The Borgata Hotel Casino & Spa in Atlantic City, N.J., believes the professional card player Phil Ivey used a technique called “edge sorting” to bilk the establishment out of millions of dollars.
In a federal lawsuit filed on Tuesday, the Borgata accuses Ivey and an unnamed accomplice of manipulating a flaw in a certain type of playing card to identify valuable cards in baccarat, the Associated Press reported. According to the lawsuit, Ivey used the method, known as “edge sorting,” to earn $9.6 million during four visits to the casino in 2012.
Gamblers who utilize “edge sorting” do so by observing subtle flaws in the way sets of playing cards -- in this case, cards manufactured by Kansas City-based Gemaco Inc. -- are cut during production. The cards are supposed to be cut so that the pattern on the back is identical, regardless of which way the card faces. The cards used during Ivey’s trips to the Borgata allegedly contained a defect that allows observant players to distinguish baccarat’s “good” cards -- 6, 7, 8 and 9 -- from less valuable cards.
Ivey's lawyer declined on Friday to comment on the lawsuit, the AP said, and Gemaco didn't respond to a request for comment from the news wire service.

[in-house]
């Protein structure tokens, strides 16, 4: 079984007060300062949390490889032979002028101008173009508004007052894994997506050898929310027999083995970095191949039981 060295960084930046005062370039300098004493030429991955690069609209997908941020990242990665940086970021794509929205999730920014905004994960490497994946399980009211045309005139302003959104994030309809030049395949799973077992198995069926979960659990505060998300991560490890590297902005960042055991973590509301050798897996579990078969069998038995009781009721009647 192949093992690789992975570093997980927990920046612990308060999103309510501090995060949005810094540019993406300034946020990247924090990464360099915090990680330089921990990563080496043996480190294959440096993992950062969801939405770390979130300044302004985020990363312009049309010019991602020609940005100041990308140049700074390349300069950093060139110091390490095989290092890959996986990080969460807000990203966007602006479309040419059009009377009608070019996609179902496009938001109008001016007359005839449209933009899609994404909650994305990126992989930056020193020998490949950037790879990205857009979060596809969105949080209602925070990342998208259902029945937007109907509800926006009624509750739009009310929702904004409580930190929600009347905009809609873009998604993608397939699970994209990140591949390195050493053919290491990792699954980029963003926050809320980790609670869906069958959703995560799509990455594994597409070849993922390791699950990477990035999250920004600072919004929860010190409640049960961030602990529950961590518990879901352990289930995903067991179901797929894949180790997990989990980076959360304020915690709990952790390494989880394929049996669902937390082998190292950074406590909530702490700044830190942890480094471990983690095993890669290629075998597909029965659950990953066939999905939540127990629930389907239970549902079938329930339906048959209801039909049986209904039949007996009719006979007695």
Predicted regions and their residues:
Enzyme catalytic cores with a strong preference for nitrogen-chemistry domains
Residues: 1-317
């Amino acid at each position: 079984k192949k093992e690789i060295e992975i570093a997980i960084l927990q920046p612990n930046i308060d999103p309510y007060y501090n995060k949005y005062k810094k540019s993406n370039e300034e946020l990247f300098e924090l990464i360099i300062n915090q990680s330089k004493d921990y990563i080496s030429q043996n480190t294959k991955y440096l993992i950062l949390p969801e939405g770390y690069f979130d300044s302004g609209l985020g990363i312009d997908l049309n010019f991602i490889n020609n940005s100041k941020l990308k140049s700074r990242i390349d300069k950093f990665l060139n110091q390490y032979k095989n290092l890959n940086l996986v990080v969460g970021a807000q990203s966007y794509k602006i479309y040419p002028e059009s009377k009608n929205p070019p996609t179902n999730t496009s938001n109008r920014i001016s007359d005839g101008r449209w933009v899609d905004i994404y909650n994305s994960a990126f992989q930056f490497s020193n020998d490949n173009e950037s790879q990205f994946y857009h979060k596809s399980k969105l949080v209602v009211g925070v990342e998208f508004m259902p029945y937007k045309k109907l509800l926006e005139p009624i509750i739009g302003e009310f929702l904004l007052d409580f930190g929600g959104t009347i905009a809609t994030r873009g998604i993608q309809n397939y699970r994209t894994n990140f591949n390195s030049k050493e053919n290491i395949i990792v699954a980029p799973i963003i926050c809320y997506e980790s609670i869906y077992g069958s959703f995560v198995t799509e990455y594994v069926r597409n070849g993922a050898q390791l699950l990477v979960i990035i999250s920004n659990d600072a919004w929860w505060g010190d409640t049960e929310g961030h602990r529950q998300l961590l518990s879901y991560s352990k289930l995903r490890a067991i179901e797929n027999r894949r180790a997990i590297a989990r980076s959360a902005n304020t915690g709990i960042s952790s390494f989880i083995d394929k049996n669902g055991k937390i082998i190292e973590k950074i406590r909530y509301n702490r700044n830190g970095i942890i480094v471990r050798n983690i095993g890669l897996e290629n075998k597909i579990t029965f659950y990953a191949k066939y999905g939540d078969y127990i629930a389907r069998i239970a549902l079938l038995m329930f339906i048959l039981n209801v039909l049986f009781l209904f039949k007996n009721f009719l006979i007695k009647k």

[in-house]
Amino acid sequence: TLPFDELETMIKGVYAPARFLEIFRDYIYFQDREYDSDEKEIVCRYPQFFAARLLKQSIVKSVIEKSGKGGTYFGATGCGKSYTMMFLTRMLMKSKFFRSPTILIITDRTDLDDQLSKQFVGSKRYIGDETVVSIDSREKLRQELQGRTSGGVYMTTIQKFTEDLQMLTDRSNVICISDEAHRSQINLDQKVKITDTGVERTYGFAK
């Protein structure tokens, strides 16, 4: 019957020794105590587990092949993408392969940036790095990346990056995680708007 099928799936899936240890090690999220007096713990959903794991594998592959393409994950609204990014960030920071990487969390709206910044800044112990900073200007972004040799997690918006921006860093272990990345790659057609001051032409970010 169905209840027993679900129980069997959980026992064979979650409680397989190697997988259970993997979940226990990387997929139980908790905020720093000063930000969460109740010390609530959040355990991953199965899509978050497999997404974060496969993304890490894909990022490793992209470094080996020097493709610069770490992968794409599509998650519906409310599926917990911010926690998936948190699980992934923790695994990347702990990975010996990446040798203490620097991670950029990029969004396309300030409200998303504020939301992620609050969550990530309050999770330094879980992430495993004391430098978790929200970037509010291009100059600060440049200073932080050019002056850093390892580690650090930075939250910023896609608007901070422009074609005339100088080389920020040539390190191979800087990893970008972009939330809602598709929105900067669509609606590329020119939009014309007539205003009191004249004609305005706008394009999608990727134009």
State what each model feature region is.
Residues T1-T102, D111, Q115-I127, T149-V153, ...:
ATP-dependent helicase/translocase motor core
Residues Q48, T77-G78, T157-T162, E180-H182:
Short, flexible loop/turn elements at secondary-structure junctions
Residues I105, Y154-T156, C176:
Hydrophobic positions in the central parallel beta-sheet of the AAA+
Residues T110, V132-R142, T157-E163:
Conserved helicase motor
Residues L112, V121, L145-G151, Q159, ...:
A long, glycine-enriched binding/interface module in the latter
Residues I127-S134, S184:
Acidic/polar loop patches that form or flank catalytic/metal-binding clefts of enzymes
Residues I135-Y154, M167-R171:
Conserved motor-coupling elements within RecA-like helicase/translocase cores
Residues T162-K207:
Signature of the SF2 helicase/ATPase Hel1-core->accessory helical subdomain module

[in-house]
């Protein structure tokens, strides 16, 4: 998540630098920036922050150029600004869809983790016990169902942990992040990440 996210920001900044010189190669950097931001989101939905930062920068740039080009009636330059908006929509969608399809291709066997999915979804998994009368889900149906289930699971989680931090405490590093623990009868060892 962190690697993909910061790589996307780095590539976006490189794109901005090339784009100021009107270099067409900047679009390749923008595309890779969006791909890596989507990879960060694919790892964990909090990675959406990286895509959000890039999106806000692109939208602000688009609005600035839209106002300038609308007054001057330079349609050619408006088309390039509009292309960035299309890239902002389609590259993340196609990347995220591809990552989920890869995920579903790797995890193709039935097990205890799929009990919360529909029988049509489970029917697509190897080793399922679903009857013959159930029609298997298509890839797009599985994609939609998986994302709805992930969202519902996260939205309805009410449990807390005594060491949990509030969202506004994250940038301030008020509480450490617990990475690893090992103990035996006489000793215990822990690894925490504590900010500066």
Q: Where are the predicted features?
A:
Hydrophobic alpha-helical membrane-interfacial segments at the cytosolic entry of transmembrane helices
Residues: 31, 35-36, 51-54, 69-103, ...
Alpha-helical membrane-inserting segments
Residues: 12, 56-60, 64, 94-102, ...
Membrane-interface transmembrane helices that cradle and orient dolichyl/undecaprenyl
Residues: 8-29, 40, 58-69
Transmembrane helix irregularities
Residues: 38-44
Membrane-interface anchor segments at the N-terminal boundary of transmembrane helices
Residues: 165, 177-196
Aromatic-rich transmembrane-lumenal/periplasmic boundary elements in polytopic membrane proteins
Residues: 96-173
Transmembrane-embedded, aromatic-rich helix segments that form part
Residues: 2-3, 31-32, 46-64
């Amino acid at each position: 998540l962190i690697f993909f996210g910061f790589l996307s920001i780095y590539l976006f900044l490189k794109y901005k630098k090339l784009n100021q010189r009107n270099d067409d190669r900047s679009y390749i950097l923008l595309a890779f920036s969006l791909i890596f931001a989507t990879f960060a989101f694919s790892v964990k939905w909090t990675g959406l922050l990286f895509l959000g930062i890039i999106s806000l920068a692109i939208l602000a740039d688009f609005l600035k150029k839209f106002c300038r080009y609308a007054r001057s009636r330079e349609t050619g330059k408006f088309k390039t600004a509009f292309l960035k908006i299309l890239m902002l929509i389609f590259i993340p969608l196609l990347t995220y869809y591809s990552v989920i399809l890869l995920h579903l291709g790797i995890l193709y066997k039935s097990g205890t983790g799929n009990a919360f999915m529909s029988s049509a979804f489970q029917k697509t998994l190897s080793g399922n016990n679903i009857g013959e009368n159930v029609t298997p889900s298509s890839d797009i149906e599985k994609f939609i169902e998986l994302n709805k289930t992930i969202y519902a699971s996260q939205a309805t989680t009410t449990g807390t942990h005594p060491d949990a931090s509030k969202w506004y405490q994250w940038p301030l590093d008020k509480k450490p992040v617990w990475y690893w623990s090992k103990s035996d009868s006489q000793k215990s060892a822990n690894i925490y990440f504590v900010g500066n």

The Borgata’s lawsuit outlines the manner in which it claims that Ivey and his companion used “edge sorting” to win money, in direct violation of the casino’s rules. Ivey allegedly instructed the dealer to turn cards in a certain way based on whether or not they were valuable, the AP reported.
Continue Reading Below
After several hands, Ivey was able to spot valuable cards by noting the flaw in their design as they came out of the dealer’s chute, and adjusted his bet accordingly. The 38-year-old also instructed the dealer to use an automatic card shuffler so that the direction that each card faced wouldn't be altered.
This isn’t the first time that Ivey has been accused by a casino of earning money through dubious means. Crocksfords, a casino in London, in May refused to pay Ivey nearly $12 million in baccarat winnings, asserting that he had won the money with the same technique. Ivey reportedly admitted to "edge sorting," but claimed that the tactic is a strategy, not evidence of cheating.
Ivey is one of the most successful players in the history of the World Series of Poker, earning nine championship bracelets and finishing “in the money” on 52 separate occasions.